The revelations have prompted taxpayer indignation and put a spotlight on wasteful spending by the GSA, which handles government real estate and other nonmilitary procurement.
Asked Wednesday about how to fix the problems at GSA, Miller called for more centralized control of the agency with more oversight to hold regional officials accountable for spending. Tangherlini said he already has been taking steps to improve central oversight as part of a review of the entire agency. That review is expected to take months.
On Tuesday, House members questioned why Jeff Neely, the GSA staff member who organized the 2010 Las Vegas conference, took more trips on the federal dime after Miller's preliminary report last year showed spending and travel abuses. Neely was put on administrative leave in March, a month after Miller had submitted his final report.
Neely declined to show up for Tuesday's session of the House Transportation Committee, claiming his Fifth Amendment right against self-incrimination in the investigation. He also declined to testify at the House Oversight Committee's hearing Monday.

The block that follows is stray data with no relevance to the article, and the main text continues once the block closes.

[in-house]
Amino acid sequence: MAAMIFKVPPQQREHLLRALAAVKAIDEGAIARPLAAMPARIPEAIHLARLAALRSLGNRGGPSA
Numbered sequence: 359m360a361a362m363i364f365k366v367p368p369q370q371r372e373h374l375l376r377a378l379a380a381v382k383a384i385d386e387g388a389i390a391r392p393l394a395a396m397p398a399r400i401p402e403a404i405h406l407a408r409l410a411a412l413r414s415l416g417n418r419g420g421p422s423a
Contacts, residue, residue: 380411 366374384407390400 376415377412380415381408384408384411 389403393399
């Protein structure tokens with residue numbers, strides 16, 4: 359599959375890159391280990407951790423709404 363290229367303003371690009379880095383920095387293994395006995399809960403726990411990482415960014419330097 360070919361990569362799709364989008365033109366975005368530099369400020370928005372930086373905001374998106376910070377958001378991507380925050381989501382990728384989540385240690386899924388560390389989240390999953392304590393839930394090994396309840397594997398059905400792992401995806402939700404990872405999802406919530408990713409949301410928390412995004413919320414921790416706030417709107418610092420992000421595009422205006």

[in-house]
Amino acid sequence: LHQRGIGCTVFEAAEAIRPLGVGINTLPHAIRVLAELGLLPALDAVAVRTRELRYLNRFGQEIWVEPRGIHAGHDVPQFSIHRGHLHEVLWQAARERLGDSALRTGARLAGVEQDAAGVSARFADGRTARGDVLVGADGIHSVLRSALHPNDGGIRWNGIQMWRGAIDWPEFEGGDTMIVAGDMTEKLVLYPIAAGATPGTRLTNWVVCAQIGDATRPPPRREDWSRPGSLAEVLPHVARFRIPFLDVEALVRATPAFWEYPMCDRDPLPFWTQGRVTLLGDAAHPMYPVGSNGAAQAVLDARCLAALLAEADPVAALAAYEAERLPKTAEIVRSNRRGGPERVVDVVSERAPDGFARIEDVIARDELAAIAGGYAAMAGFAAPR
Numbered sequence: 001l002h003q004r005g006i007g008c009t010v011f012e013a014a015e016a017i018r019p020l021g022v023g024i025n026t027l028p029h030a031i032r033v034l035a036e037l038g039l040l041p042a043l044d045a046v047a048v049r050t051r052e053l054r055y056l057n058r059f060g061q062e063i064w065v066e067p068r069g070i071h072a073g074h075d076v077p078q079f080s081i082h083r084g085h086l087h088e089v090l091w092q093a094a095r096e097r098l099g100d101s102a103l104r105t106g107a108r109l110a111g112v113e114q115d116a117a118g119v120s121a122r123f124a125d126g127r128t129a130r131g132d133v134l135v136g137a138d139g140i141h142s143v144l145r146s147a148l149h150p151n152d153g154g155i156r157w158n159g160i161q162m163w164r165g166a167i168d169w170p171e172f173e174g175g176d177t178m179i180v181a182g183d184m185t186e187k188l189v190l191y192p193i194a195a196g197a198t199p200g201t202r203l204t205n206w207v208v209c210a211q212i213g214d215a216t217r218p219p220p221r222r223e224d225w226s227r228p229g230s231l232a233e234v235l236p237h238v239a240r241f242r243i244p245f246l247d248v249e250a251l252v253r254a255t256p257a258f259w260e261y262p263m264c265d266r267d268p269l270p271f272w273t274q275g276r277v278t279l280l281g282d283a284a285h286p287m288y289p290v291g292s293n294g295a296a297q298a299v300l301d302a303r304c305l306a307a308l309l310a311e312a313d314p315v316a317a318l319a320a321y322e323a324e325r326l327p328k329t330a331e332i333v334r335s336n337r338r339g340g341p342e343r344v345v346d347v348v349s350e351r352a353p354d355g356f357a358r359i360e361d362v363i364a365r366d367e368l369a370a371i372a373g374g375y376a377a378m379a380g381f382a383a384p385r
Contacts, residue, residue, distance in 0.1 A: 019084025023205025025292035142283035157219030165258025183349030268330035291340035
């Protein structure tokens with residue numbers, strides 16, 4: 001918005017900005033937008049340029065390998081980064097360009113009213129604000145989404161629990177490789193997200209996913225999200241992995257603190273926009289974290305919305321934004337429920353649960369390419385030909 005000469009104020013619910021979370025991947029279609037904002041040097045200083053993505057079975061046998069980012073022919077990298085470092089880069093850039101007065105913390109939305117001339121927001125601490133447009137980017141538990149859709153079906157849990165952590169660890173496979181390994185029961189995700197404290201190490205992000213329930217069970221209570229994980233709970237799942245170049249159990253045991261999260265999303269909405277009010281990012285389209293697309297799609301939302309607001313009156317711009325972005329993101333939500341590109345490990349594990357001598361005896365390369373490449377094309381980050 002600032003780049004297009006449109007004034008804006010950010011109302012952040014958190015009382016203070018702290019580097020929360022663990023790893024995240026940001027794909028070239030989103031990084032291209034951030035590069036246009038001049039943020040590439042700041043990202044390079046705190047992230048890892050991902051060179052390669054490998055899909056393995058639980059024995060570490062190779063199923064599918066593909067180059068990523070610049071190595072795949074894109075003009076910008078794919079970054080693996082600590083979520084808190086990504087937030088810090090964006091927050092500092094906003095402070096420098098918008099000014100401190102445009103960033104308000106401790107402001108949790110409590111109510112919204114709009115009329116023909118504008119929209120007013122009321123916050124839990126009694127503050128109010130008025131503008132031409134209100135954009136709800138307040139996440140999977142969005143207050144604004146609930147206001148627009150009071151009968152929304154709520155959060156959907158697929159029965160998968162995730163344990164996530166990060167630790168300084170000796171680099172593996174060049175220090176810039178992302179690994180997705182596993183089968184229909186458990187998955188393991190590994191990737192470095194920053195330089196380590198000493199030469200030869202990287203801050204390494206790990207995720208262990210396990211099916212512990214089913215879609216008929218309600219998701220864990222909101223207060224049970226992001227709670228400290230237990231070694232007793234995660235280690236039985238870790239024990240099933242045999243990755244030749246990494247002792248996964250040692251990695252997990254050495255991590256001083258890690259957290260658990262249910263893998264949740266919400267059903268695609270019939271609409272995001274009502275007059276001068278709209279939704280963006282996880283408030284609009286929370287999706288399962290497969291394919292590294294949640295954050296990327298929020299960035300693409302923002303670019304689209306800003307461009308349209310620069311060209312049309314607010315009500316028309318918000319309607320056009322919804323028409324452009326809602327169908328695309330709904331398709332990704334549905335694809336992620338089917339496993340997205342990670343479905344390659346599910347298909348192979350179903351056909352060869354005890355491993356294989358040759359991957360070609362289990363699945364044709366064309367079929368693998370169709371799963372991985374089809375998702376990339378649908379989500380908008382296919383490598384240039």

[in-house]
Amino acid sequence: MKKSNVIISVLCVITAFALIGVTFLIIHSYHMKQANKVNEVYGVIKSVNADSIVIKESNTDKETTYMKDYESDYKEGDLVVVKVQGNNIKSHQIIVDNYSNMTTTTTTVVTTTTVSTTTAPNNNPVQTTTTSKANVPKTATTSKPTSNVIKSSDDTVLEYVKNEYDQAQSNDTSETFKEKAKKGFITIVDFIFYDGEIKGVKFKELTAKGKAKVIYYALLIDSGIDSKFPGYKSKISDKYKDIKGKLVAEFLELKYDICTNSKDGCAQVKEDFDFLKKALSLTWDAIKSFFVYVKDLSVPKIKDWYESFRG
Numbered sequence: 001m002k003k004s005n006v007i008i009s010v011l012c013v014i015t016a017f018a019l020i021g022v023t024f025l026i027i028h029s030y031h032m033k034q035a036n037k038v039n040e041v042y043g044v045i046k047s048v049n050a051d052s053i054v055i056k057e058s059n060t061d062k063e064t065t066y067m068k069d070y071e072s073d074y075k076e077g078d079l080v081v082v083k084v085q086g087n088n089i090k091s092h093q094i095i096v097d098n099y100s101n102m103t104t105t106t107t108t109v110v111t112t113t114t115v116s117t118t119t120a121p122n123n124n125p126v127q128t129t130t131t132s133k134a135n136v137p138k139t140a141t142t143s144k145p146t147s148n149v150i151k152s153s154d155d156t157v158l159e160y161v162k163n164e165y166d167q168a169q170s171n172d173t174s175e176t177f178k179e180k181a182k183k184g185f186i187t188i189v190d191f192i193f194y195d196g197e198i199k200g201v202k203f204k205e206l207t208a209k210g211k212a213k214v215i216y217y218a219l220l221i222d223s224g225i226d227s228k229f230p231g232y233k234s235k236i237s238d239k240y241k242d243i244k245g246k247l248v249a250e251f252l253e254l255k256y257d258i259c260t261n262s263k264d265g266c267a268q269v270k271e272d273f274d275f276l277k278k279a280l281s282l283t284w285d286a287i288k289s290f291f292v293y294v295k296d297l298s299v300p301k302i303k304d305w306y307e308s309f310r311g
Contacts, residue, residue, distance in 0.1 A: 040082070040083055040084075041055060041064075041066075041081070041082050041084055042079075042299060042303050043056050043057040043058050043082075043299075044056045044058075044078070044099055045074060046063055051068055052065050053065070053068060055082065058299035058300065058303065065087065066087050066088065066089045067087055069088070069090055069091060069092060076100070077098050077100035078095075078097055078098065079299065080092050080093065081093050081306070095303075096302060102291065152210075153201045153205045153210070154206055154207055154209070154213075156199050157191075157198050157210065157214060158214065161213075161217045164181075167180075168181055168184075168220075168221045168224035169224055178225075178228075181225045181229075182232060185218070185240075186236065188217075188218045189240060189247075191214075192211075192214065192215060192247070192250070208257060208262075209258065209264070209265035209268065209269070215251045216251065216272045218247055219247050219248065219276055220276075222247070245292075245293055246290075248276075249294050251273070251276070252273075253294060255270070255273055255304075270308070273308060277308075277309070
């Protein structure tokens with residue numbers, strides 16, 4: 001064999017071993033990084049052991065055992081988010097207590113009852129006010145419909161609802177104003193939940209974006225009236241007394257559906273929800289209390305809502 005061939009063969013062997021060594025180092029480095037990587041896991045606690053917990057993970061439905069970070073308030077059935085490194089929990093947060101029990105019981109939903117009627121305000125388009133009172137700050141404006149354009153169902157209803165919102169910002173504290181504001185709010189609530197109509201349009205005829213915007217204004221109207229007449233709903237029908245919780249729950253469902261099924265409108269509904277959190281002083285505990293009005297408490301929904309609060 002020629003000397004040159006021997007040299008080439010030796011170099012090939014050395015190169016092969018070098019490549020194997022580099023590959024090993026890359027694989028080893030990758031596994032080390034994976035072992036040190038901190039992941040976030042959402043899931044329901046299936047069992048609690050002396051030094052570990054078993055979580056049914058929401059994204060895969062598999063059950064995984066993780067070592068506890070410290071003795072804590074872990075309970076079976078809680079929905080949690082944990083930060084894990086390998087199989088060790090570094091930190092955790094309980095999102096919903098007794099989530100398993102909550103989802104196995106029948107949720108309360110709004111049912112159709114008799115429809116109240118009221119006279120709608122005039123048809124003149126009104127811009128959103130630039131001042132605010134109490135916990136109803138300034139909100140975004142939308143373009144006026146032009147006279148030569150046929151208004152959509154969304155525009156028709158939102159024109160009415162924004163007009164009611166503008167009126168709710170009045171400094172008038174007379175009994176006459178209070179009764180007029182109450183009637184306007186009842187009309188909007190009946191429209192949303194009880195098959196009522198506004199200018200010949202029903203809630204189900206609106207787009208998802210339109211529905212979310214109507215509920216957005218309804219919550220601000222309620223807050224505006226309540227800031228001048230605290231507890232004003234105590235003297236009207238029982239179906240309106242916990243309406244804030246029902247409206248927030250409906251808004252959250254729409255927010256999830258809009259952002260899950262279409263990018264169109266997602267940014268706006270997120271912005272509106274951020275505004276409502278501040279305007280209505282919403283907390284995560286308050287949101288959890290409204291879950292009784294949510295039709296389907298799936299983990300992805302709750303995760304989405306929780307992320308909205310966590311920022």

On Wednesday, Boxer took a shot at the Monday hearing where Neely repeatedly claimed his Fifth Amendment rights.
"We're not looking for photo ops of people taking the Fifth," Boxer said. "We're trying to move forward and make sure this doesn't happen again."
The controversy, which includes allegations of personal travel under the thin guise of government business and an employee award program that exceeded spending limits, so far has focused on one of 10 regions of the GSA -- an agency with a multibillion-dollar budget and more than 12,000 employees.